Pulled along by his momentum we didn’t bemoan the shelving of our in-person workshop in Portugal. Instead, we committed to weekly Zoom calls with Sandro and his enterprising marketing lead Maria Francisca Pires. As they say, “When one door closes, another opens.” The impossibility of delivering a traditional workshop anywhere made it natural to begin developing what we should have created years before – an awesome, online workshop. And there was another revelation. Distance was no longer a factor. A new kind of globalization beckoned. Sheltering in place made it now seem perfectly normal to collaborate with a company in Portugal.
The Total Reset
Sandro and Maria Francisca inspired us with their “yes we can” action and vision, quickly throwing together a site to market the proposed offering. But how would we do it? Many of the human, intangible factors that make a physical workshop fly are tricky online. How would we convey energy and enthusiasm on the screen? In-person workshops are about engaging with teams and individuals. Online, how would we “coach” people through brainstorming and prototyping? How to tackle design thinking, ideation sprints, customer journey mapping, and product development? Could we infuse the experience with spontaneity and a sense of discovery?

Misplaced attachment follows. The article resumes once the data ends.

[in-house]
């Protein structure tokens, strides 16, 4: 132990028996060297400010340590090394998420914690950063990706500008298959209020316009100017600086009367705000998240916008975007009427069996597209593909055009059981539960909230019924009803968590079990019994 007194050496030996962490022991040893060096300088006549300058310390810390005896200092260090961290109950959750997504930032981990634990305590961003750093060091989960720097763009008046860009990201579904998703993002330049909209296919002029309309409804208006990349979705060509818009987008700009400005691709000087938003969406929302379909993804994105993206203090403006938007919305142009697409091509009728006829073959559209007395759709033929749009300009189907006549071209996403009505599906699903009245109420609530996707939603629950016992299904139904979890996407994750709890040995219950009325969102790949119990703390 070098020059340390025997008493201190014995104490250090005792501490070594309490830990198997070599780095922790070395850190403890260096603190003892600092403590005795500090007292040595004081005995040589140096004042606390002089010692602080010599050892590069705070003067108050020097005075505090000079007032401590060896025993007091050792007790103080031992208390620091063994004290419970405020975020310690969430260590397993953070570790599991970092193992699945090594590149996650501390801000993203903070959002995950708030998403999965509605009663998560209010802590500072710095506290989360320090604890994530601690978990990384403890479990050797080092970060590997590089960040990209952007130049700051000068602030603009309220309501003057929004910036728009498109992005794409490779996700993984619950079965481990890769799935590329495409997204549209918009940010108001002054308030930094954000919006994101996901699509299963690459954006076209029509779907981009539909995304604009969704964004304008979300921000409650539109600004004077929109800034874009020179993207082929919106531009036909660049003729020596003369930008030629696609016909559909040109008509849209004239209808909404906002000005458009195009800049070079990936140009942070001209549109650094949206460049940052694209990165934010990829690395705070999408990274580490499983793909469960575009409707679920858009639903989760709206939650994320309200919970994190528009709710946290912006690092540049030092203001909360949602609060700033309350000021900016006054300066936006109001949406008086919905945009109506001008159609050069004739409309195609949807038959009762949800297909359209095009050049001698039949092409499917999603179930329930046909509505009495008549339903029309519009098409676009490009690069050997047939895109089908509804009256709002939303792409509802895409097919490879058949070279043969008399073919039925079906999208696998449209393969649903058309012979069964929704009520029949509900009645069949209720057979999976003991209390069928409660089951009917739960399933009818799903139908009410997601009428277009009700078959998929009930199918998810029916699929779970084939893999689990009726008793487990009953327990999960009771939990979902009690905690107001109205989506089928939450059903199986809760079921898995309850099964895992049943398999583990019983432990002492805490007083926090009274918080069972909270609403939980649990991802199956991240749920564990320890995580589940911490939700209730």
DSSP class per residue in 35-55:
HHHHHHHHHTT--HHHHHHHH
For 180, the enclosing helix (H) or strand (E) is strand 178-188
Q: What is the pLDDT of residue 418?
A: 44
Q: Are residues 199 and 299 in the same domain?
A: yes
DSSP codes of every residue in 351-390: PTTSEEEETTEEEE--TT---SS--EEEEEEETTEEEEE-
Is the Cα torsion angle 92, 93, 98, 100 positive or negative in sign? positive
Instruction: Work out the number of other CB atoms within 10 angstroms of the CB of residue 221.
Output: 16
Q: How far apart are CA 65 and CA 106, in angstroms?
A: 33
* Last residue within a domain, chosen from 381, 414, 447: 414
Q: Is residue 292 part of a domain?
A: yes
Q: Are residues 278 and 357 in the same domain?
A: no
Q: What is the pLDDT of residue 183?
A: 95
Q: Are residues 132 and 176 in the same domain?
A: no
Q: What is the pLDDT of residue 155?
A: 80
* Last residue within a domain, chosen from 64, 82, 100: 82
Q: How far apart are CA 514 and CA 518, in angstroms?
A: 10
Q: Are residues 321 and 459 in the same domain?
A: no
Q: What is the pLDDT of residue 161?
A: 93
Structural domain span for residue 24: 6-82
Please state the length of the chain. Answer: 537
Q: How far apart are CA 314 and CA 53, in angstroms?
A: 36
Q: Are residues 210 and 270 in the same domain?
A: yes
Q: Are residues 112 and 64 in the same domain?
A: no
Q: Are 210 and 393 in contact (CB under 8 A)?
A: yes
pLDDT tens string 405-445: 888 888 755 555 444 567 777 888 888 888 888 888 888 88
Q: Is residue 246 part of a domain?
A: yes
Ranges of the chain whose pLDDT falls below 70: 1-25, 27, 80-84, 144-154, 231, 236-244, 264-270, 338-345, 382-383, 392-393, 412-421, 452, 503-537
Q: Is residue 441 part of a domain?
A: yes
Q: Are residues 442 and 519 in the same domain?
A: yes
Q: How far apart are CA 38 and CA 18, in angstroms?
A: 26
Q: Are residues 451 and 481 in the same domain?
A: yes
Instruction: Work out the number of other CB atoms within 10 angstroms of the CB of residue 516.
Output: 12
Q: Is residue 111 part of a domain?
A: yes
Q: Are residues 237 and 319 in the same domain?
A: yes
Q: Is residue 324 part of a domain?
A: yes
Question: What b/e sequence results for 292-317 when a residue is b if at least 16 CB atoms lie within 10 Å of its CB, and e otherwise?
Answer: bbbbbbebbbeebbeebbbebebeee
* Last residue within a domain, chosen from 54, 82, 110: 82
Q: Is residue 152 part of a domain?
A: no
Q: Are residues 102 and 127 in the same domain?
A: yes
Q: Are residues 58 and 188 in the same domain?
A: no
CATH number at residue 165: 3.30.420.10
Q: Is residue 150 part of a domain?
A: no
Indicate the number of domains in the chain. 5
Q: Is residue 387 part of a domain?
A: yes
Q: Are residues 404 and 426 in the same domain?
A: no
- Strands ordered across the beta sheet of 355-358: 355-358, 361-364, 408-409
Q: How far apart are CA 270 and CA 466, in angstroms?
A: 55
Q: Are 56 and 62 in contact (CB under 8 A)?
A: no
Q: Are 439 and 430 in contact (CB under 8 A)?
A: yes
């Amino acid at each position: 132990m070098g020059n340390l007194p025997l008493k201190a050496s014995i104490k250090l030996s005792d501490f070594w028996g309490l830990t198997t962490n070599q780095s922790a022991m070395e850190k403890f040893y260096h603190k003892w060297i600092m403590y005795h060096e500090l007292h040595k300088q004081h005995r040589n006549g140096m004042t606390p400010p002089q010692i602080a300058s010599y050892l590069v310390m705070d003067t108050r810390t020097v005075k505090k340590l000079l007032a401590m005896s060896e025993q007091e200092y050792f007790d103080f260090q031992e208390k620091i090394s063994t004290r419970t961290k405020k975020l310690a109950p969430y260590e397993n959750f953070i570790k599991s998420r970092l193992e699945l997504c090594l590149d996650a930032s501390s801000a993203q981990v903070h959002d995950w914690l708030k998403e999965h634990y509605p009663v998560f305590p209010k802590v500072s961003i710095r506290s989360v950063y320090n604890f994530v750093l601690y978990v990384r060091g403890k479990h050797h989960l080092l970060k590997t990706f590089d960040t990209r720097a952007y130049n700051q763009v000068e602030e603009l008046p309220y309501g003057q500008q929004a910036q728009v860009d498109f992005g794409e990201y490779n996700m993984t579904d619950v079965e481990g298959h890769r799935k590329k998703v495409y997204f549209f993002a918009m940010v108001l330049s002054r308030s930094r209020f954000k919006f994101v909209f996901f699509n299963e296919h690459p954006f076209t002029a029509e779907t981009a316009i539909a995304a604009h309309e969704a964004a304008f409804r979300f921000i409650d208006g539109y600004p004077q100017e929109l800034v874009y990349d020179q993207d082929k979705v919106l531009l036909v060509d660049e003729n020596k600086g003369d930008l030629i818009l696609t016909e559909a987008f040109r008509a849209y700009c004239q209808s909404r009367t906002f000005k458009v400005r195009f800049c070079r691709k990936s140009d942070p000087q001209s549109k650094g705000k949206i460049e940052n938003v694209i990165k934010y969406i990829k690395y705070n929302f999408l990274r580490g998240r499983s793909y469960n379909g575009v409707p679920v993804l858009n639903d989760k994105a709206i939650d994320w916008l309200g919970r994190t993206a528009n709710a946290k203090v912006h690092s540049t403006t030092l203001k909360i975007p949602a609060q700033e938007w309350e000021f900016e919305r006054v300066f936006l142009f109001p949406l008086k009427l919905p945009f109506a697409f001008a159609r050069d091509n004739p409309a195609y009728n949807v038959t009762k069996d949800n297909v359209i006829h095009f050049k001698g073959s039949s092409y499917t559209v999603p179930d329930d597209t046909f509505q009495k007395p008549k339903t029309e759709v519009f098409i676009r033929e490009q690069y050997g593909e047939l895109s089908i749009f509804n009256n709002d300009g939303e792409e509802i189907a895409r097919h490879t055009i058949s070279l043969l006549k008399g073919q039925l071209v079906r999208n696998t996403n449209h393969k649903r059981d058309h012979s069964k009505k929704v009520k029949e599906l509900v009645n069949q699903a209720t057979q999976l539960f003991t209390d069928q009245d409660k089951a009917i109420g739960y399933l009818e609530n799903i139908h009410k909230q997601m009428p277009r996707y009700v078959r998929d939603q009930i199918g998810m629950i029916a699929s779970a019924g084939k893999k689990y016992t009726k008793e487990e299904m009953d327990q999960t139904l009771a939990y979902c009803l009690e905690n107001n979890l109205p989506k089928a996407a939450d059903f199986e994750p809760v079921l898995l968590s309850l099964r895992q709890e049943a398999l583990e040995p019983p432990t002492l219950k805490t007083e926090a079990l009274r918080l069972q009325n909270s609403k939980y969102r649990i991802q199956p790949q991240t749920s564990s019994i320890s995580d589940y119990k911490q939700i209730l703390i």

The first step was mastering the tech. Getting up to speed on a stable, robust video conferencing platform and a shared online whiteboard. For the latter, we passed up Miro for Mural, with its cleaner, simpler interface. We applied for, and then became, Mural consultants, which opened new resources to improve our skills on the platform.
An online workshop would have to “move” faster. So we halved our typical keynote. Broke it into two parts. Sought fresh content suited to the crisis. Then we ran a few primitive online prototypes with Sandro and Maria Francisca. They were the perfect experimentation partners, modeling new behaviors themselves by beginning each morning in Aveiro with a daily “Secret Tips of the Day” quarantine podcast to get their juices flowing.
We were all just trying to get a feel for what would make a successful online workshop. By doing. By trying and learning. Our first efforts were too complicated. Disjointed. The exercises and activities didn’t fully build upon each other, and the group hadn’t bonded the way they usually do in our real-world workshops. But we were lucky. We invited some talented people, and they gave us great feedback.
Fail forward, they say. We tossed out two exercises and expanded one into the heart of the workshop. We added gamification with a self-exploration exercise related to Jon’s book with IDEO, The Ten Faces of Innovation. And ultimately we came to understand that this workshop we’ve led for many years for people from nearly twenty countries just got a heck of a lot better.
There’s plenty of work left to do before we launch with Sandro and Maria Francisca on June 17, at 15:00 (GMT+1). But we know this. The next time we’re fortunate enough to be in the same physical room, delivering a workshop to inspire others to create and innovate, the experience will be enriched by this online experiment.
Find out more about our upcoming workshop. Hope to see you there!